One of the questions we’ve been asked most often this week has been “what’s the point of drinking new make spirit?” Well, it’s a great way to better understand the evolution of a whisky from still to cask to bottle. “But you don’t get to follow a single distillation,” says you, “you’re just getting an approximation of distillery style.” Well, aren’t you a smarty pants! If you’re one of the many readers who has been thinking along these lines this week we’ve got great news for you. The very best way to enjoy the development of spirit is to regularly taste from a single cask. If you’re Gerry Tosh or Richard Paterson you get to do this whenever you like. If you’re Jason or Josh, not so much. So we’re both very excited to say that we’re now shareholders in a single cask of Glenglassaugh. We get to visit the cask whenever we want and every year, on the anniversary of the filling of the cask, we receive a small sample of the spirit in order to chart its progress. We could even have visited the distillery and filled the cask ourselves before returning in the future to bottle it, too. Doesn’t that just sound like a lot of fun?
A few months ago our two respective societies (The Jewish Single Malt Whisky Society and the Single Malt Whisky Society of the Palouse) bought a Glenglassaugh Octave: 50 liters of new spirit aged in a smaller than normal cask (think along the lines of Laphroaig’s Quarter Casks) for between 3 and 7 years. Because of the smaller cask size the spirit is expected to mature quicker than spirit held in the larger casks. We had a choice of peated or unpeated spirit and, being the chaps we are, chose the peated version. As mentioned in our Peated Spirit Drink reviews the barley is peated to 30ppm.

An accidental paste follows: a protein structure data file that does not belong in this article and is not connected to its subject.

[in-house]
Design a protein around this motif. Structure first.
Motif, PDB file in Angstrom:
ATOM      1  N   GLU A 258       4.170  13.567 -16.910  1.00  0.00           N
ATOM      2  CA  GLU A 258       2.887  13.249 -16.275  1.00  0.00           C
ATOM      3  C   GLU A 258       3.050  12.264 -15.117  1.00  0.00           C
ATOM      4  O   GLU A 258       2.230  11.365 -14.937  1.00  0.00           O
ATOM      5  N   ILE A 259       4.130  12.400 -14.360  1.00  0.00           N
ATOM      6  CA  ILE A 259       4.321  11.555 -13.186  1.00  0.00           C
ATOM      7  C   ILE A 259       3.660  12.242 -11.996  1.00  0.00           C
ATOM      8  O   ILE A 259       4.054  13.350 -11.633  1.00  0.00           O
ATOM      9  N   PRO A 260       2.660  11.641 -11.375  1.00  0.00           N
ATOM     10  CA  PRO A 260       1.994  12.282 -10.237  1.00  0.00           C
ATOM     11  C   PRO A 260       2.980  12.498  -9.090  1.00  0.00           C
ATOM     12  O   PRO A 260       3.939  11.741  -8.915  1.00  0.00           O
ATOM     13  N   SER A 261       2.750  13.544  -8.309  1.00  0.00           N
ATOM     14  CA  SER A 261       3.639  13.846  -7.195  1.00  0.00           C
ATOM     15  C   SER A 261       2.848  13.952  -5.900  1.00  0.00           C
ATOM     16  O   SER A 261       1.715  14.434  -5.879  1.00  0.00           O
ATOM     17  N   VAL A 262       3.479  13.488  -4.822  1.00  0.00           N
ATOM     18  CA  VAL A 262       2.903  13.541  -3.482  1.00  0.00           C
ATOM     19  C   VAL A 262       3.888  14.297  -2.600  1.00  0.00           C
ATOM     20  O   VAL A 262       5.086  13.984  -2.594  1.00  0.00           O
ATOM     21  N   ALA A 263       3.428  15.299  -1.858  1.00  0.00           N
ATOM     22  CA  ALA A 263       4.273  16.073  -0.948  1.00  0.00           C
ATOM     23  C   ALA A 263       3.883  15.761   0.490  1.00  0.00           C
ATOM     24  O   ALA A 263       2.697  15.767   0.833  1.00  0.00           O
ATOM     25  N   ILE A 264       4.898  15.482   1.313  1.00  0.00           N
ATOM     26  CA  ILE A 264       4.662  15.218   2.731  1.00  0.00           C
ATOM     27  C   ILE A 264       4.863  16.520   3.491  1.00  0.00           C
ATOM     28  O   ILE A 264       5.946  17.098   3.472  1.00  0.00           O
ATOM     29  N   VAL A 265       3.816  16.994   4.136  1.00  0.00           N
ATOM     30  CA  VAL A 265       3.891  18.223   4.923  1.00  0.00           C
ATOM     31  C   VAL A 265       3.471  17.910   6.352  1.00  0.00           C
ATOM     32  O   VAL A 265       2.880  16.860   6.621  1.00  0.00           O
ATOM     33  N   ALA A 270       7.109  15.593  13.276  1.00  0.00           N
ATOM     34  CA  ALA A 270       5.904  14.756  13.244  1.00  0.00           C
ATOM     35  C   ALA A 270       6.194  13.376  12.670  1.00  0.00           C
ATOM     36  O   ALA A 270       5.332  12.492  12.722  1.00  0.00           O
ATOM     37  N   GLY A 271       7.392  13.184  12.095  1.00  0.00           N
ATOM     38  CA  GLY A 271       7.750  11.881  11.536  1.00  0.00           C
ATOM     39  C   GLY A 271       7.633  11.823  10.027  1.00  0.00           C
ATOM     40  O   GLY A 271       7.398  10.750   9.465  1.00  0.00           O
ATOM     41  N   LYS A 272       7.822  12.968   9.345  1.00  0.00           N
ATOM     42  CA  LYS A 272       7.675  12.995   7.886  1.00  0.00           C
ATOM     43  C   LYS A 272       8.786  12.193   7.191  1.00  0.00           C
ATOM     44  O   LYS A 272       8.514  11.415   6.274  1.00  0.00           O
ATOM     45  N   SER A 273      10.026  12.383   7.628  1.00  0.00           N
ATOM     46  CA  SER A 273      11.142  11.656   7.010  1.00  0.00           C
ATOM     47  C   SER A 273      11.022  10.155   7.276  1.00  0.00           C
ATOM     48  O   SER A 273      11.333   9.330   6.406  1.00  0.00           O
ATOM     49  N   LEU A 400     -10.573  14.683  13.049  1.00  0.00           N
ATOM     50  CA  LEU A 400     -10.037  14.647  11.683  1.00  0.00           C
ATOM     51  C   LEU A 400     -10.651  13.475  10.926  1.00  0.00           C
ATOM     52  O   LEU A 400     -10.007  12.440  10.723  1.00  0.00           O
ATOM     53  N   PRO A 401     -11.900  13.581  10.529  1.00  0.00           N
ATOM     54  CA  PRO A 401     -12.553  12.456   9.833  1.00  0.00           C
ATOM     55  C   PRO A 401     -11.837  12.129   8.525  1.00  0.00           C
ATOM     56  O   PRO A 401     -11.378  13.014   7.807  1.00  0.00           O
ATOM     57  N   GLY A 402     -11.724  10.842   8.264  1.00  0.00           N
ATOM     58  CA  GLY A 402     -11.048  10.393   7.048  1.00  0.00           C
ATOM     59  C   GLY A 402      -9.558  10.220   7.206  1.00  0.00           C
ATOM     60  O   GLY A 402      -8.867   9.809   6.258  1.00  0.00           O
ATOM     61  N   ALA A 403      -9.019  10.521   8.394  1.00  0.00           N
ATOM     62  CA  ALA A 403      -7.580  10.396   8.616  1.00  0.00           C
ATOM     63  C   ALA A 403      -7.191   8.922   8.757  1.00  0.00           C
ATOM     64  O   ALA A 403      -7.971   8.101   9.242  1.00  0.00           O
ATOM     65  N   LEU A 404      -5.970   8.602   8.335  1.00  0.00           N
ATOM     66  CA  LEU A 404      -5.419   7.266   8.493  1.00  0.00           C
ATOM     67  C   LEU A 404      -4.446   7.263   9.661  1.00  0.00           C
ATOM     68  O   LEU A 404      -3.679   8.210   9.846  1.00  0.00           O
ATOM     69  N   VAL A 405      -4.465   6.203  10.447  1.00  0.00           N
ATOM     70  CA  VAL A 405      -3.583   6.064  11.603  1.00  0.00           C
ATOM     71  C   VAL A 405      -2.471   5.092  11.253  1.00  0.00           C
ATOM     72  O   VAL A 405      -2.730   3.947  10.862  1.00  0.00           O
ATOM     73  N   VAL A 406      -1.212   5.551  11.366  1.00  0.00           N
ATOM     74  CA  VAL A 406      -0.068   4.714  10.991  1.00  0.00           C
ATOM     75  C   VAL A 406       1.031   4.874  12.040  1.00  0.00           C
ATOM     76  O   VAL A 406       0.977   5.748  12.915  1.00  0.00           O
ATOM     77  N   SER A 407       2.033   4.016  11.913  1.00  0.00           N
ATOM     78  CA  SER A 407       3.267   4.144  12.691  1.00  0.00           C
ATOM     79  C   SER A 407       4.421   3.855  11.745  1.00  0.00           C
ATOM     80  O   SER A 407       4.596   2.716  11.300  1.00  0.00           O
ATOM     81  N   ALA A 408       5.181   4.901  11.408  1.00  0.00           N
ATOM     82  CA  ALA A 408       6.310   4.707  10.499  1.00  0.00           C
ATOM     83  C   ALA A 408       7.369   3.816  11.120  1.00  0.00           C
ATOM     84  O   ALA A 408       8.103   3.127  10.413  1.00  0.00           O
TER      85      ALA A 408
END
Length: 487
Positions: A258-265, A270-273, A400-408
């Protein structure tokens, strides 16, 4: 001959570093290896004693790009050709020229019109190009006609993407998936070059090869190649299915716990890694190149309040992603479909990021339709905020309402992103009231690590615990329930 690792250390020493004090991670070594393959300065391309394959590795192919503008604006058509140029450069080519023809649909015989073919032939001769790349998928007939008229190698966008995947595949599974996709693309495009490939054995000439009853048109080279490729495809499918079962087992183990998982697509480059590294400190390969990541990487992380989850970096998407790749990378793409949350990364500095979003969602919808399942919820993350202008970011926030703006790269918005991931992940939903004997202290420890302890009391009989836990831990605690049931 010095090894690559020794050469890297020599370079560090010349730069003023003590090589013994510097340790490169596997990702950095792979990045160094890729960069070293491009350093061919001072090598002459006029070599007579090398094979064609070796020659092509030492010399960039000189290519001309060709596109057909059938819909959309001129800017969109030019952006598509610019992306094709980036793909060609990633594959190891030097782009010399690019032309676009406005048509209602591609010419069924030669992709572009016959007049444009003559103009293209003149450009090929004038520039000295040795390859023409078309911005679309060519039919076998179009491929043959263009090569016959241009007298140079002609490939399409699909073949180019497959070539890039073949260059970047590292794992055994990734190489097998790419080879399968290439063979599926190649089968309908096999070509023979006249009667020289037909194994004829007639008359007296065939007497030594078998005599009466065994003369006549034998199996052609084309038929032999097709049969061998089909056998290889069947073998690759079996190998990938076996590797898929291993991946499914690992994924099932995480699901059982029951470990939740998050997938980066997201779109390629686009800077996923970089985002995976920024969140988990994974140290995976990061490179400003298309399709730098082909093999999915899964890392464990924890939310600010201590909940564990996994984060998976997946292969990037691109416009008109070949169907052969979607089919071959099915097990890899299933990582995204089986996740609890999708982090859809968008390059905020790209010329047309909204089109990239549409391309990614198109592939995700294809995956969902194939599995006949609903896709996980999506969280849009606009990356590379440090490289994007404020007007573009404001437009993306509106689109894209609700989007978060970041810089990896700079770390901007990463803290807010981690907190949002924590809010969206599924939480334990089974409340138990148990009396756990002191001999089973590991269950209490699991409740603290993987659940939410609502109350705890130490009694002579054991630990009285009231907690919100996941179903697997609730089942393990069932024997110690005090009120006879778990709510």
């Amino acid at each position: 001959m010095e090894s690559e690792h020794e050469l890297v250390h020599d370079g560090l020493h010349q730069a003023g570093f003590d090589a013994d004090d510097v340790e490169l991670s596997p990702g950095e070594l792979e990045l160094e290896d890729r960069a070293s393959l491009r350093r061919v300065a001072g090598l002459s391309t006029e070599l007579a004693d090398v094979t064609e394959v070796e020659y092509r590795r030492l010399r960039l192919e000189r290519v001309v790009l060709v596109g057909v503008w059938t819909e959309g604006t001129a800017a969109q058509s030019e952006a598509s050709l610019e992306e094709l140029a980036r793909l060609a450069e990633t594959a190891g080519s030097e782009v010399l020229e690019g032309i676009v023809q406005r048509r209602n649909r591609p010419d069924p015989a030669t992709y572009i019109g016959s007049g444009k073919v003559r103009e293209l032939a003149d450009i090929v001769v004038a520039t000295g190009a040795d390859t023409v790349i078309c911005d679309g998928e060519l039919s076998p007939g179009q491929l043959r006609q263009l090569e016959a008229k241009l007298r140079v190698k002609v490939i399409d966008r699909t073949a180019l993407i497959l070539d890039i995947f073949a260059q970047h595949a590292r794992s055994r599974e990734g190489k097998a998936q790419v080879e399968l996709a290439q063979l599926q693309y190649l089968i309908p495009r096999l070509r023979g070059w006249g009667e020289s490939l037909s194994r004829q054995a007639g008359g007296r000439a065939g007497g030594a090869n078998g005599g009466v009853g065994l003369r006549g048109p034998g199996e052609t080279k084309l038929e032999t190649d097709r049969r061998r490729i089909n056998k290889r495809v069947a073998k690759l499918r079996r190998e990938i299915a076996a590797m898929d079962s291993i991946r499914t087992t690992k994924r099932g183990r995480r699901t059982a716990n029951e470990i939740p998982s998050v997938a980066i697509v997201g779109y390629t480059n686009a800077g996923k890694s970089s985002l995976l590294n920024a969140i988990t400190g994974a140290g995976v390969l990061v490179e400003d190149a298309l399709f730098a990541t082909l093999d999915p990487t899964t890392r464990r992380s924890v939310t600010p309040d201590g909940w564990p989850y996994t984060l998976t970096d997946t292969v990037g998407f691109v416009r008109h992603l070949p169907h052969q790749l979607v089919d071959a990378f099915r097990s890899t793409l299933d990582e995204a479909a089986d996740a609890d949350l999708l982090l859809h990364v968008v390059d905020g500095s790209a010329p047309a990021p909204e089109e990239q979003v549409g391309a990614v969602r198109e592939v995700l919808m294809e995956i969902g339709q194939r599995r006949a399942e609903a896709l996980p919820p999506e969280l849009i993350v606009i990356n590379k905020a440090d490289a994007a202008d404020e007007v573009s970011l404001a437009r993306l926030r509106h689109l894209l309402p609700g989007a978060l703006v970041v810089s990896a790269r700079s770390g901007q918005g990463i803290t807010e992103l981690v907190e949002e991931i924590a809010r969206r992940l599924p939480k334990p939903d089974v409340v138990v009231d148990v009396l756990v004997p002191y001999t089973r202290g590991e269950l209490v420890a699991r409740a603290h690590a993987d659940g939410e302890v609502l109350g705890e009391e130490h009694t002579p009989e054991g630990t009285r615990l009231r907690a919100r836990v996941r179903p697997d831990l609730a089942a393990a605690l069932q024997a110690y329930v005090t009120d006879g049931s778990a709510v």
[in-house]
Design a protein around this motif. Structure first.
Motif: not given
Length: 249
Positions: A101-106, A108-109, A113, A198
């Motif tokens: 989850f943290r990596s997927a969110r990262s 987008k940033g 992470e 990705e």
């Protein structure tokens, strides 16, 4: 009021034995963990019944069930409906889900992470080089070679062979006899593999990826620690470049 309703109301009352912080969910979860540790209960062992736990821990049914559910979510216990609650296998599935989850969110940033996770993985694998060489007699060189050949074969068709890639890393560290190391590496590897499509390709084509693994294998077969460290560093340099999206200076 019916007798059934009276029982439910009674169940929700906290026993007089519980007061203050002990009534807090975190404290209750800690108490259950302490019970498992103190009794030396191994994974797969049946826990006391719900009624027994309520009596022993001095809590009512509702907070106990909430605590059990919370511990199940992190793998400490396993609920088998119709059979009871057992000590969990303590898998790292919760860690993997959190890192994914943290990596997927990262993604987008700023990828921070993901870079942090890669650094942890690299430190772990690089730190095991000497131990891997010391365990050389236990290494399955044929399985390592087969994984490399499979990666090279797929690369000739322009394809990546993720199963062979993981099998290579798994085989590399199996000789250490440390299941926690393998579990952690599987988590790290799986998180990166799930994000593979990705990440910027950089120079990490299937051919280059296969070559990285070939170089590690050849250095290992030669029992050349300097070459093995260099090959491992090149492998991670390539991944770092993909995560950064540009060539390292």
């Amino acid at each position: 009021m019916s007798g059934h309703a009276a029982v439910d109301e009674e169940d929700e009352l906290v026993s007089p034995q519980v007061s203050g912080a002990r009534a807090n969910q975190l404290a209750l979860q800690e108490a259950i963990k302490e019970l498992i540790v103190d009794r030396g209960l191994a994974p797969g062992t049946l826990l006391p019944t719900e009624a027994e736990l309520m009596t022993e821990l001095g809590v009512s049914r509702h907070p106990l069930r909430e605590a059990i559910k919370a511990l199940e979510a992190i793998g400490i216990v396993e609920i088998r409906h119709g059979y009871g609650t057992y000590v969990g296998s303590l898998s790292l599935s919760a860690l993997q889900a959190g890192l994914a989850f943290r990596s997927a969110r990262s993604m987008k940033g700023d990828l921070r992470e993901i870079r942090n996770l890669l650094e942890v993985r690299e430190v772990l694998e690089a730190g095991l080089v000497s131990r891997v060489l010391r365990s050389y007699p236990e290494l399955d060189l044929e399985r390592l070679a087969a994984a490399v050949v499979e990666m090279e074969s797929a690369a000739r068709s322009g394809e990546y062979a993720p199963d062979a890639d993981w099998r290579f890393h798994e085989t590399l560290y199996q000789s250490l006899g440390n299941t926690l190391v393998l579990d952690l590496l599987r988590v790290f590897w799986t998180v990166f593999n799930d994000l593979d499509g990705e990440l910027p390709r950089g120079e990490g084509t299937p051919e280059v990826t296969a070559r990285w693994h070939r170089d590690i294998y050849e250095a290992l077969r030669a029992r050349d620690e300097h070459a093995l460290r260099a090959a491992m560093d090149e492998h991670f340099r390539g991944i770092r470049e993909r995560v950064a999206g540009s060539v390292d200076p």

The Octave of peated spirit cost us $900, including storage. Split among 20 shares, our members (and a good friend of both blogs, Gal Granov of Whisky Israel) were able to invest $45 for at least three bottles of aged Glenglassaugh (the final tally of bottles will depend on the strength at which we bottle from the cask!). We then need to bottle the whisky, pay duty on it and ship our bottles to the US. It’s our hope that all of that will cost our shareholders another $45 or so. If all goes according to plan, the hardest part might be designing our own label!
If this is the type of thing that interests you, and you have a group likely to have fun with an investment of this sort (don’t expect to make money, do it just for the fun of it and for the opportunity to follow the evolution of a single cask of spirit), then we recommend looking into it further. Details and relevant forms can be found here.
And if you find yourself visiting your cask at the distillery one day please take the time to say hello to the JEWMALT/SMWSP Octave…
Joshua & Jason